I backed up to external USB time machine, took out the old drive, installed the new one, did a fresh install of OSX on the new drive, and restored via Time Machine once the new OS was working.

Keep your old drive untouched for a week or two in case you need it. After that, you can wipe it or something.

If you don't use your DVD drive often, you might stick your old disk drive in there to use as more local storage:

And then stick your old DVD drive into a USB chassis, like this:

u/DNA128k · 1 pointr/applehelp

you might be better off with some super cheap audio interface, maybe even something like this?

Syba SD-CM-UAUD USB Stereo Audio Adapter, C-Media Chipset, RoHS

u/minacrime · 1 pointr/applehelp

It looks like a standard 2.5" hard drive. You would buy a cable like this, plug it into the new computer, and cross your fingers.

By default, your iTunes Media folder is in your iTunes folder:

  • Mac: Open a Finder window, then click Go > Home > Music > iTunes.
  • Windows 7 or later: Go to \Users\username\Music\
  • Windows XP: Go to \Documents and Settings\username\My Documents\My Music\
u/smeezy · 1 pointr/applehelp

No, those things are pretty rare for some reason, although they're pretty easy to make if you're the do-it-yourself type.

Your cheapest bet is to get a USB sound card like this one.

u/mayhem-8 · 3 pointsr/applehelp

The MacBook Pro 9,2 is the MacBook Pro 13” 2012 non retina. The ram can be upgraded to 16GB (2x8GB) DDR3 PC3-12800 (1600 MHz) SO-DIMMS. Crucial ram like this is what we use for our customers Macs.

I highly recommend replacing your hard drive with an SSD like the Crucial MX500 SATA 2.5” or the Samsung EVO 860 SATA 2.5”, both available on Amazon.

The iFixit guides will show you how to replace the parts

u/RandyPandy · 1 pointr/applehelp

thanks! i just got this,

a mini dvi to hdmi thing from amazon hopefully it works.

u/[deleted] · 3 pointsr/applehelp

I replaced the 500GB HDD in my Mid 2012 MBP with an Intel SSD and I've been very happy with it. I can't remember which Intel SSD I have. Might be a 300 series, or a 500 series. Either way it is Intel, I know that.

You wont need any special mounting or brackets or anything, but it is a bit of a pain in the butt procedure. I miss the easy to access drives on some of the older MacBooks. You need to remove the bottom case, some cables, a daughterboard, and some other stuff. Lots of tiny awkward screws of varying sizes. Go slow, use a repair manual, and stay organized. I used to be a Mac Genius so here's a tip: get some large sticky labels, like shipping labels. Put them on the table sticky-side-up. Stick your screws to the label while you work in the right positions in relation to each other. That way you never forget where stuff goes, and nothing falls.

I also recommend getting a mounting bracket and putting your old spindle HDD in the optical drive slot. That's also a little bit of a process but so worth it because you can do a fusion drive, or just have 2 drives. Something like this:

I am very happy with 2 drives in mine.

u/redshield3 · 1 pointr/applehelp

I'm actually getting ready to do this myself in a week or so. I have a Crucial M4 128gb. I picked up an optibay-type cage for the old HDD so I can keep it in the system, and an external enclosure for the superdrive when i've taken it out.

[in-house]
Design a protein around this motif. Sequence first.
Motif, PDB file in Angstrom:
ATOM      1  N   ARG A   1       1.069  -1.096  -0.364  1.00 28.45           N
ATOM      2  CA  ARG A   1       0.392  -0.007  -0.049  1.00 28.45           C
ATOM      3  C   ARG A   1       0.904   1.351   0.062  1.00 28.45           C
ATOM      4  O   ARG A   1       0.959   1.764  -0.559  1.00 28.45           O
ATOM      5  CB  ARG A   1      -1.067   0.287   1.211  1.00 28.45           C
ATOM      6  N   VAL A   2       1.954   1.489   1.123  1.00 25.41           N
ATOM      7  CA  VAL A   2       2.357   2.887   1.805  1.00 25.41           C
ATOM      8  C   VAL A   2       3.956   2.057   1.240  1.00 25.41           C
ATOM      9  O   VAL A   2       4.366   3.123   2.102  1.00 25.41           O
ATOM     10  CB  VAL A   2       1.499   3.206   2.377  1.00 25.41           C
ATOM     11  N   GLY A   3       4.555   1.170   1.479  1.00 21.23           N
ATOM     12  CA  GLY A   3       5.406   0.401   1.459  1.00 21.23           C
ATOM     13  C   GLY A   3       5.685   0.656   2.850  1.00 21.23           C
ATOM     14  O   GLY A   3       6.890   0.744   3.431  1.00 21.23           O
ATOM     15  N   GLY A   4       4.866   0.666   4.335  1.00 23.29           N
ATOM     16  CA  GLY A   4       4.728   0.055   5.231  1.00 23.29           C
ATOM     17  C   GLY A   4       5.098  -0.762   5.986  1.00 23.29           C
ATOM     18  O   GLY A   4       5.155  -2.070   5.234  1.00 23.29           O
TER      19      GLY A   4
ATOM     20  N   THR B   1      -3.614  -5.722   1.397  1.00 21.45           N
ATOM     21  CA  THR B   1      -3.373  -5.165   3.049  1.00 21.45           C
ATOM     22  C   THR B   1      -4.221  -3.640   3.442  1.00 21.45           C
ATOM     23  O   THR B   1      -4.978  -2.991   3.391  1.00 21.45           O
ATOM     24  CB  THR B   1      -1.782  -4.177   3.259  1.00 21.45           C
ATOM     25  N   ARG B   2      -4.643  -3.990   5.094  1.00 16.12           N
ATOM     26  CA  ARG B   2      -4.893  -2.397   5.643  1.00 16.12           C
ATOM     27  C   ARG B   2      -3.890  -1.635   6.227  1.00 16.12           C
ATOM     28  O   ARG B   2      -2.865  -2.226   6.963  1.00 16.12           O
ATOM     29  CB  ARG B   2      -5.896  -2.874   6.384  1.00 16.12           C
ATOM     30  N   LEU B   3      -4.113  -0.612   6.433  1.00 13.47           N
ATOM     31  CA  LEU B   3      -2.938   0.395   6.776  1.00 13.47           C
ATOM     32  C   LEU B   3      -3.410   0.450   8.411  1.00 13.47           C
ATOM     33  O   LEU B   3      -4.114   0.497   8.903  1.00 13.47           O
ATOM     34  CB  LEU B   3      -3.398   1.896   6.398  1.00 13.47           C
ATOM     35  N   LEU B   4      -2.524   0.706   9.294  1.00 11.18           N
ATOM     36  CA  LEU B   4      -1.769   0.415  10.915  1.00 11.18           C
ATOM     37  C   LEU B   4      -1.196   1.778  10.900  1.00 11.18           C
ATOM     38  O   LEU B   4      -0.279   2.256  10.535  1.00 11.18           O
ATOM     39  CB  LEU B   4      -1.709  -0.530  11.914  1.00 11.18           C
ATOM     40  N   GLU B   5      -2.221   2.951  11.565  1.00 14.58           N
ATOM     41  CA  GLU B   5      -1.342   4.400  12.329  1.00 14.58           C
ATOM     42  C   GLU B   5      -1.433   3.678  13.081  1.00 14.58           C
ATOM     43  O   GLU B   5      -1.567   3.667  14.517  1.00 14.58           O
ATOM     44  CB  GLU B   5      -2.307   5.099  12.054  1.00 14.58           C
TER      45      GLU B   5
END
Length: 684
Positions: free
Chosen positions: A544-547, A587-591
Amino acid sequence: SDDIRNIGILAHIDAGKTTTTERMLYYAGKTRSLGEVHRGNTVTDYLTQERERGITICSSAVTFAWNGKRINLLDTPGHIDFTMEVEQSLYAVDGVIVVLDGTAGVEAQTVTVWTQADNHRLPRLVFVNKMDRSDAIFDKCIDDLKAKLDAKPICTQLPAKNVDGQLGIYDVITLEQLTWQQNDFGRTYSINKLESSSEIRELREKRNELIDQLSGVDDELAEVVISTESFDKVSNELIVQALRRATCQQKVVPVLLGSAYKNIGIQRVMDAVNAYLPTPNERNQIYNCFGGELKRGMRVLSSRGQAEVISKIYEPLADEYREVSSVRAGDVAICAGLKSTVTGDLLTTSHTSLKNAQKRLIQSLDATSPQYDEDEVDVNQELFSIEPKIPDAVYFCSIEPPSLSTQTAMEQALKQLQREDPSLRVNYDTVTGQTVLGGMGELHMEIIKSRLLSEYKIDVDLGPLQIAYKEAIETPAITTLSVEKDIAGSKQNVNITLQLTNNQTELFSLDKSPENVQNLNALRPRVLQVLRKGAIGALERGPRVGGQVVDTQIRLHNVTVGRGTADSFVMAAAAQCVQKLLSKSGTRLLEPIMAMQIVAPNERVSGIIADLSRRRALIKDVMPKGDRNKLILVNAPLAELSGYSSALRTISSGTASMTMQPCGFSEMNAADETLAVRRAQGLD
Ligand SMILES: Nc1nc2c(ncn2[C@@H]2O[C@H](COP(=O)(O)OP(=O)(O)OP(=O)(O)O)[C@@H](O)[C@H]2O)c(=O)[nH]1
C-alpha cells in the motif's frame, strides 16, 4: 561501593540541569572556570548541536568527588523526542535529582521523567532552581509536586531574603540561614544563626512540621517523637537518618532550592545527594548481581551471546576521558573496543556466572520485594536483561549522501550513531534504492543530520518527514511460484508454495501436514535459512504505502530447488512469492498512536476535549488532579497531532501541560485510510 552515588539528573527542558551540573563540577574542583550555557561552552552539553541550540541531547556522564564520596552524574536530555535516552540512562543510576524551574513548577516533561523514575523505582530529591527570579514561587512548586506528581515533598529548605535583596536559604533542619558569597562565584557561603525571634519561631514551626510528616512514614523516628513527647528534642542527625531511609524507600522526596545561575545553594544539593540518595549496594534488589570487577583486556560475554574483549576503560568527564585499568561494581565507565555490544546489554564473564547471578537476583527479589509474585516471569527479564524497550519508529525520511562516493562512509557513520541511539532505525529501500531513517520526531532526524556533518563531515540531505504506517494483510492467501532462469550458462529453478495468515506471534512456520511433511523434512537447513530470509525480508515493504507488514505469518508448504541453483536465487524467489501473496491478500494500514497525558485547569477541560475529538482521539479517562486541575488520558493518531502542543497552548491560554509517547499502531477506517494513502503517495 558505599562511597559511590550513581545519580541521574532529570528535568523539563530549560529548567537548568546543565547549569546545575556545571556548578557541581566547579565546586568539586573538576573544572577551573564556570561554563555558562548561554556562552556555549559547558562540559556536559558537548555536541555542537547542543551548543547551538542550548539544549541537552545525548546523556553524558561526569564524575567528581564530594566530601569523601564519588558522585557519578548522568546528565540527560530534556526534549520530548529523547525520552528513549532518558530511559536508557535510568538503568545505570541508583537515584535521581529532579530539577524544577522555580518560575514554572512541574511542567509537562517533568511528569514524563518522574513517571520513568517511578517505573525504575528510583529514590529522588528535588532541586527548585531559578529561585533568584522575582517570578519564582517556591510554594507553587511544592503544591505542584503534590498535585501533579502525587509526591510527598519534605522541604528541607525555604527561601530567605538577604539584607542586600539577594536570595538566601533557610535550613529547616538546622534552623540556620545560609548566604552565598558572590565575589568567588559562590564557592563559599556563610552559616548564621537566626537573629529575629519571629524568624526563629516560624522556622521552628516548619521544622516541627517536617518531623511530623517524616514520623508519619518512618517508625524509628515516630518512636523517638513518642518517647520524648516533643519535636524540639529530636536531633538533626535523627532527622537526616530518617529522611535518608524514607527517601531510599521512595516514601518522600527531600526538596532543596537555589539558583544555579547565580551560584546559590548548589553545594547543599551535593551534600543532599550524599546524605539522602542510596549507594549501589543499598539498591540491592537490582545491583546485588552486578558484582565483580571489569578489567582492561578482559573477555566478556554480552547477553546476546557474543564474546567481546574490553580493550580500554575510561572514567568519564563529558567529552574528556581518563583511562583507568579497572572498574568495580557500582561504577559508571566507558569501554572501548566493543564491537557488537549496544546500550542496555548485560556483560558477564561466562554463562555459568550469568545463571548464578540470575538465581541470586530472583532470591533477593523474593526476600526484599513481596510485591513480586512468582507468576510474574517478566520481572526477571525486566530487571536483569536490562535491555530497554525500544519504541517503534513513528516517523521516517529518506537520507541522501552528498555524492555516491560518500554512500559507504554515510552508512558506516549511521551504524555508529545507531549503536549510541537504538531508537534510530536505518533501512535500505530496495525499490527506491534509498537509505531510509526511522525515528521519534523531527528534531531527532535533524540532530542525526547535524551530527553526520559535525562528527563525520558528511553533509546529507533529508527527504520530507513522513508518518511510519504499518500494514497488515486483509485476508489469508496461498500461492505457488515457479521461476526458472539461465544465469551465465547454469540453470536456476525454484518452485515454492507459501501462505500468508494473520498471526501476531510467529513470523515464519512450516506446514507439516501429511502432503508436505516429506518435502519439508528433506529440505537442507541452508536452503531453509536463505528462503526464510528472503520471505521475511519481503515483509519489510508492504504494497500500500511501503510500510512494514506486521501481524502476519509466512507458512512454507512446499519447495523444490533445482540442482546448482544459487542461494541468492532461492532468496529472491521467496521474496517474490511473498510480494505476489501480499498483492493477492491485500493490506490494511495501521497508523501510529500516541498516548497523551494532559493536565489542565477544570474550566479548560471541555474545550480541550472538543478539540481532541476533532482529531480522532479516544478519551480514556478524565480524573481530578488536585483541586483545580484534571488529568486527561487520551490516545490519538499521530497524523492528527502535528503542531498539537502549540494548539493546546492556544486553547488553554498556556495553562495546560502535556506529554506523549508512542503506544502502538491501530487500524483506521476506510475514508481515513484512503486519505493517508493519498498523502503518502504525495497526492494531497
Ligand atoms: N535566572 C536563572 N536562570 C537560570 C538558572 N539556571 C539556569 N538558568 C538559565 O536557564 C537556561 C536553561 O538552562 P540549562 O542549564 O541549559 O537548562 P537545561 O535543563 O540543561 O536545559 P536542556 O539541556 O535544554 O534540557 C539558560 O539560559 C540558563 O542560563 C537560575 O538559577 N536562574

My gameplan is to pull the HDD, set it aside, and do a fresh install of Lion onto the SSD from a SD card (I'll push the Lion DMG onto the card before I get into the guts of the machine), then physically reinstall the HDD to the old optical bay. I'll copy what programs & settings I need from that drive, then delete everything I don't want to save that's still on it (i.e., leave my documents & music alone) and then fix the permissions by hand.

u/zugman · 2 pointsr/applehelp

You can also use this NVMe adapter.
Sintech NGFF M.2 nVME SSD Adapter Card for Upgrade 2013-2015 Year Macs(Not Fit Early 2013 MacBook Pro)

Make sure you install High Sierra or later first to get the firmware update that supports NVMe.

u/Stumble19 · 1 pointr/applehelp

I would recommend an SD card that's sits flush with the MacBook Pro, you can get up to 128gb. Make sure you pick the MacBook you have. Link below. I have one of these. Not the fastest drive to write to but has good read speeds. I just store pictures, music and films on it. Things that's just stay on my Mac at all times

Transcend JetDrive Lite 330 128 GB Storage Expansion Card

u/dbtc · 1 pointr/applehelp

I purchased this RAM on amazon for my 15" non-retina macbook pro. Works perfectly!

u/KalenXI · 2 pointsr/applehelp

I believe on the older Macs target disk mode only works over firewire. So you'd need a firewire adapter for the new Mac if you want to connect it that way. Really the easiest way is to just get a SATA to USB adapter. But if you don't want to do that and the old Mac is working except for the screen/keyboard you could just plug in an external display and keyboard and network them together.

If you want something without an external case you could just get a cable like this:

u/Xalteox · 6 pointsr/applehelp

RAM and SSD. Samsung 850 Evos are the best sata SSDs on the market that are not overpriced Intel shit. A 250 GB drives runs $90.